15 Books for International Day of Sign Languages

Posted: September 23, 2020 | Updated: September 23, 2020
Created by: Ms. Sylvia

These wonderful books will help you explore and celebrate International Day of Sign Languages. Some will help you learn signs, some feature deaf or hard-of-hearing characters, some are by deaf or hard-of-hearing authors, but all are excellent reads!

  1. My First Book of Sign Language by Joan Holub and Joan Holub
    A great introduction to sign language for the youngest learners!
  2. Dad and Me in the Morning by Patricia Lakin and Robert G Steele
    An early morning father-son adventure is described (and beautifully illustrated) in this picture book. They sign, lip-read, and squeeze hands to communicate as they share the early hours of the morning with nature.
  3. Ranvir Cannot Hear by Genevieve Yusuf and Shermain Philip
    Bright colors, rhymes, and signs guide you through this beautiful story. Ravnir has lost his hearing and sets out on a journey to find it... but finds something better instead.
  4. Freddie and the Fairy by Julia Donaldson and Karen George
    You can't go wrong with Julia Donadlson, author of The Gruffalo!
  5. Moses Goes to a Concert by Isaac Millman
    Moses and his classmates are the focus of a whole wonderful series by Isaac Millman. In this instalment, Moses and his classmates, who are deaf, show us new ways to enjoy music. You'll also learn some signs, including the alphabet and this whole passage from the book: "When you set your mind to it, you can become anything you want when you grow up: a doctor, artist, teacher, lawyer, farmer, electrician, or actor. I want to become a percussionist." I do too sometimes, Moses!
  6. River of Hands: Deaf Heritage Stories by Sharon Kirsh, Editor
    These stories are quite a mix! They are written by young deaf authors, sponsored by the Canadian Cultural Society of the Deaf. Great for ages 8-12.
  7. The Gallaudet Children's Dictionary of American Sign Language by the Editors of Gallaudet University Press, Daniel Renner, et al.
    This is one of the top recommended resources for beginning your studies of American Sign Language.
  8. Song for a Whale by Lynne Kelly
    Communication is at the center of this beautiful (if sometimes a little bit clunky) story. 12-year-old Iris becomes obsessed with a whale who is having trouble communicating with its own species. Iris understands that, since she feels isolated as a deaf middle schooler. She dreams of finding a solution to help the whale communicate. Great for middle schoolers, who might relate to Iris' experience of feeling different, her one-track mind, and the importance of communication in the novel.
  9. El Deafo by Cece Bell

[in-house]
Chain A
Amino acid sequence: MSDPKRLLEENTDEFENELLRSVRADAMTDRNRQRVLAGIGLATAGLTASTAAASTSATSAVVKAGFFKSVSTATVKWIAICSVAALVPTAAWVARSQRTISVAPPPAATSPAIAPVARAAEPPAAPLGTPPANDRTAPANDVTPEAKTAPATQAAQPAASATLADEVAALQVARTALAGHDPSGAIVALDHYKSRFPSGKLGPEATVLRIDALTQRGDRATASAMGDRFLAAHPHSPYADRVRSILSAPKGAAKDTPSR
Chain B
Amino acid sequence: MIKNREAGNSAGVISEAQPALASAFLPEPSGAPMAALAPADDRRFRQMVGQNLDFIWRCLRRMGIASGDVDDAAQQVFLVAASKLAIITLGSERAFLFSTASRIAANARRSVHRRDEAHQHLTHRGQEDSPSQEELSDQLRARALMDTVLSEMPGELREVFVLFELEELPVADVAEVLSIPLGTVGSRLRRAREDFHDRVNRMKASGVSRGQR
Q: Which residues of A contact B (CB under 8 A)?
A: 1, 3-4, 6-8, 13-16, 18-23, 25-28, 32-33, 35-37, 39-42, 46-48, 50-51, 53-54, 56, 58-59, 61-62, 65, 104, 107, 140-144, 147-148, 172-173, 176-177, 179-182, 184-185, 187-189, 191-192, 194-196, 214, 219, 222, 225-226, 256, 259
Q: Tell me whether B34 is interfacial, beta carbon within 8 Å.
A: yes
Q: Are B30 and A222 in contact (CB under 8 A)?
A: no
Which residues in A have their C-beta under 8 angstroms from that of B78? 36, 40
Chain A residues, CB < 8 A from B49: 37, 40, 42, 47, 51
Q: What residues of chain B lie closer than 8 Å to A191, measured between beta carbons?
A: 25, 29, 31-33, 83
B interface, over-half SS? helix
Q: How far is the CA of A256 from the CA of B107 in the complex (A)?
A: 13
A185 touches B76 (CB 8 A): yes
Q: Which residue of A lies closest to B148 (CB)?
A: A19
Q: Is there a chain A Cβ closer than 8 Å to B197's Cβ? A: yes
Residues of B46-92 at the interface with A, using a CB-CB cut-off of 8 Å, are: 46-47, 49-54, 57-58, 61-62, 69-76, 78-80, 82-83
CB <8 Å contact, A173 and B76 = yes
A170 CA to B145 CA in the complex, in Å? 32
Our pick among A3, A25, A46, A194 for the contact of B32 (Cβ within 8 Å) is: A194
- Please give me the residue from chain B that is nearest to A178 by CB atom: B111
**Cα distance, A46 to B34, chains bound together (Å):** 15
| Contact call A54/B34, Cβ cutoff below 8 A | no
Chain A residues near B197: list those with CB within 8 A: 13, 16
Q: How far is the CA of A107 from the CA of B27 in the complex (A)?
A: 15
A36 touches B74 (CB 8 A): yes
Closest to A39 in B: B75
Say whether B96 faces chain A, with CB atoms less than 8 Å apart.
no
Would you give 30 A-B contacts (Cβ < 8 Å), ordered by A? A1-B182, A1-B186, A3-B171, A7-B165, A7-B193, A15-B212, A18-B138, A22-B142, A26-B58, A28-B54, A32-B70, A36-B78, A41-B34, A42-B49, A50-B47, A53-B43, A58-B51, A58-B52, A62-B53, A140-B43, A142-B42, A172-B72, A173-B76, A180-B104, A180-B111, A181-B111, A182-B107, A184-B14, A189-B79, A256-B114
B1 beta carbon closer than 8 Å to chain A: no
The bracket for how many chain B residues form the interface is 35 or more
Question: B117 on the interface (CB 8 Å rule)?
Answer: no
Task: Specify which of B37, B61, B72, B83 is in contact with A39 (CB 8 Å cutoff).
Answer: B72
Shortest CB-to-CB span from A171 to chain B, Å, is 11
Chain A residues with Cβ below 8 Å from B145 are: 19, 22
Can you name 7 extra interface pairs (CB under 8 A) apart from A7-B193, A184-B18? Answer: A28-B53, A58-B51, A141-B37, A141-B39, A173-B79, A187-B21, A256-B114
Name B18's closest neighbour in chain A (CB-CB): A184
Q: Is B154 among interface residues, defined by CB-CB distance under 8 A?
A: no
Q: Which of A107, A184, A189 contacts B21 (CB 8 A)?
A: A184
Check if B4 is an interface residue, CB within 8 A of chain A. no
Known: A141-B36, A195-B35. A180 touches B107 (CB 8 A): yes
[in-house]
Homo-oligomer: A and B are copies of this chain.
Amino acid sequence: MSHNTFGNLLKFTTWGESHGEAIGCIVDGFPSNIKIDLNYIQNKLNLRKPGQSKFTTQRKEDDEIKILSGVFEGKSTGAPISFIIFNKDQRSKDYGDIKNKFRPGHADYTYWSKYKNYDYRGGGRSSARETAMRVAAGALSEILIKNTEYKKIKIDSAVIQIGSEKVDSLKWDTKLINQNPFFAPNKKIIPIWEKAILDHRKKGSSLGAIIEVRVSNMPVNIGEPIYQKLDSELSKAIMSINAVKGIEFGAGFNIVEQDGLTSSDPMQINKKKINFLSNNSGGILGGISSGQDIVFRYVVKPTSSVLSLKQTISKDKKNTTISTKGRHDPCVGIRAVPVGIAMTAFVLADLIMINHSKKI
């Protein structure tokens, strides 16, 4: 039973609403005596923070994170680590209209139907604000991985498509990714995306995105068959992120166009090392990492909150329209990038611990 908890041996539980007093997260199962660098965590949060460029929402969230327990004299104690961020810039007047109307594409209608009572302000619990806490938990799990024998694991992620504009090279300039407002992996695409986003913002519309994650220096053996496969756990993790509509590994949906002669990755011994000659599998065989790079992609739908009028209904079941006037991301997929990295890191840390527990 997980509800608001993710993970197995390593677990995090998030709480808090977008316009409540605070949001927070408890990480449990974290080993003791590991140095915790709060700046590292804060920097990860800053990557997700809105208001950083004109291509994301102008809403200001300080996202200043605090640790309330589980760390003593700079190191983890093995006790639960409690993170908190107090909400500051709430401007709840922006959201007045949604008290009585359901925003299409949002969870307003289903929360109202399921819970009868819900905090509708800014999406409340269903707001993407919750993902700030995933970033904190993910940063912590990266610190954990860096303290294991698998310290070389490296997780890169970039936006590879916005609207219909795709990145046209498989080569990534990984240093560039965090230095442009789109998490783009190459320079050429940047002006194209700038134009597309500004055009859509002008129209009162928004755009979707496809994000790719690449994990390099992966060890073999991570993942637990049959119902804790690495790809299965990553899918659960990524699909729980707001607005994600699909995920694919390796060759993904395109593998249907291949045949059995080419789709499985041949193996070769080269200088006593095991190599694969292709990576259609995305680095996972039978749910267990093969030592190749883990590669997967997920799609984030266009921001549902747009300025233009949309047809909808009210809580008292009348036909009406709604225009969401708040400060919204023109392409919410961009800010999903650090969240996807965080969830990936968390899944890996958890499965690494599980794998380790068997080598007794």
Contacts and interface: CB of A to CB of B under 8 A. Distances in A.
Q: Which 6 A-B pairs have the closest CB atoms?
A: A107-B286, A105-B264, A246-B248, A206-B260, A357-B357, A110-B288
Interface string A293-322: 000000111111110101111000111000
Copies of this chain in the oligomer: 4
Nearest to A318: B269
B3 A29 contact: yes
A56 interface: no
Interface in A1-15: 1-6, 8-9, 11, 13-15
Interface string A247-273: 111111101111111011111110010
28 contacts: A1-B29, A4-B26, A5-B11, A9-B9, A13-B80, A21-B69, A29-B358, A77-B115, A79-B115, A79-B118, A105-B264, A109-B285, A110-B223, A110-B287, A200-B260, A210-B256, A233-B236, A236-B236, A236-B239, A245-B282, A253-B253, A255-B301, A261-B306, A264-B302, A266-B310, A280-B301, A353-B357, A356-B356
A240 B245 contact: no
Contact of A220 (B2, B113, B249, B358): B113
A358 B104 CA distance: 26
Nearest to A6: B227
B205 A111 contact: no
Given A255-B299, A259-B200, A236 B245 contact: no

This graphic novel has become a modern classic! Its author, Cece Bell, shares her story of growing up with a hearing impairment in this Newberry Honor Book. Sweet, funny, beautifully told! Great for ages 9 and up.
  10. A Handful of Spells by Kimberley A. Shaw
    Kimberley A. Shaw, the author of "A Handful of Spells" was born hard-of-hearing, but learned American Sign Language as an adult. Like the protagonist of this book, Kimberley's experience in school was made more challenging by the lack of support for her hearing difficulties.
  11. Hello, Universe by Erin Entrada Kelly and Isabel Roxas
    A beautiful novel of friendship and courage, this book won the Newberry Honor in 2018. Filipino folk tales mix with the events of a day told from four perspectives. This book features friends overcoming bullies and may be a bit intense for younger readers, but is wonderful for 5th grade and up. There's a lot in this book to discuss as a family!
  12. Deaf Child Crossing by Marlee Matlin
    I know the author of this book from her many appearances on The West Wing, but you may know Marlee Matlin as the first deaf actress to win an Oscar, or for her books, or for her activism on behalf of the deaf community. However you know her so far, I hope your 9-12 year old readers will soon know and love her for her books. This is the first in a very enjoyable trilogy about friendship.
  13. Deeplight by Frances Hardinge
    This brand-new book is one of my recent reading highlights. An amazing fantasy novel featuring an amazing fantasy world. You'll love the journey of the main character, who happens to be deaf. The ending was intense enough to warrant recommending this book for ages 12+, but it's a wonderful middle reader/ young adult novel.
  14. Hurt Go Happy: A Novel Inspired by the True Story of a Chimpanzee Who Learned Sign Language by Ginny Rorby
    I would recommend this book for older children, as well, since it deals with the topics of animal testing and animal rights. The story is very well told, though it has some unrealistic elements to discuss. Joey, who is deaf, has never been allowed to learn sign language, but learns in secret from Dr. Charles Mansell and his baby chimpanzee. Their friendship transforms Joey's life and later forces her to make difficult choices.
  15. Feathers by Jacqueline Woodson
    This slow-paced, beautiful book is an ideal read-aloud. It highlights many topics to discuss as a family, including racism, disability, segregation, religion, and poverty. The slow pace means that it can be difficult for even strong readers to finish on their own, but it is a wonderful story to explore together.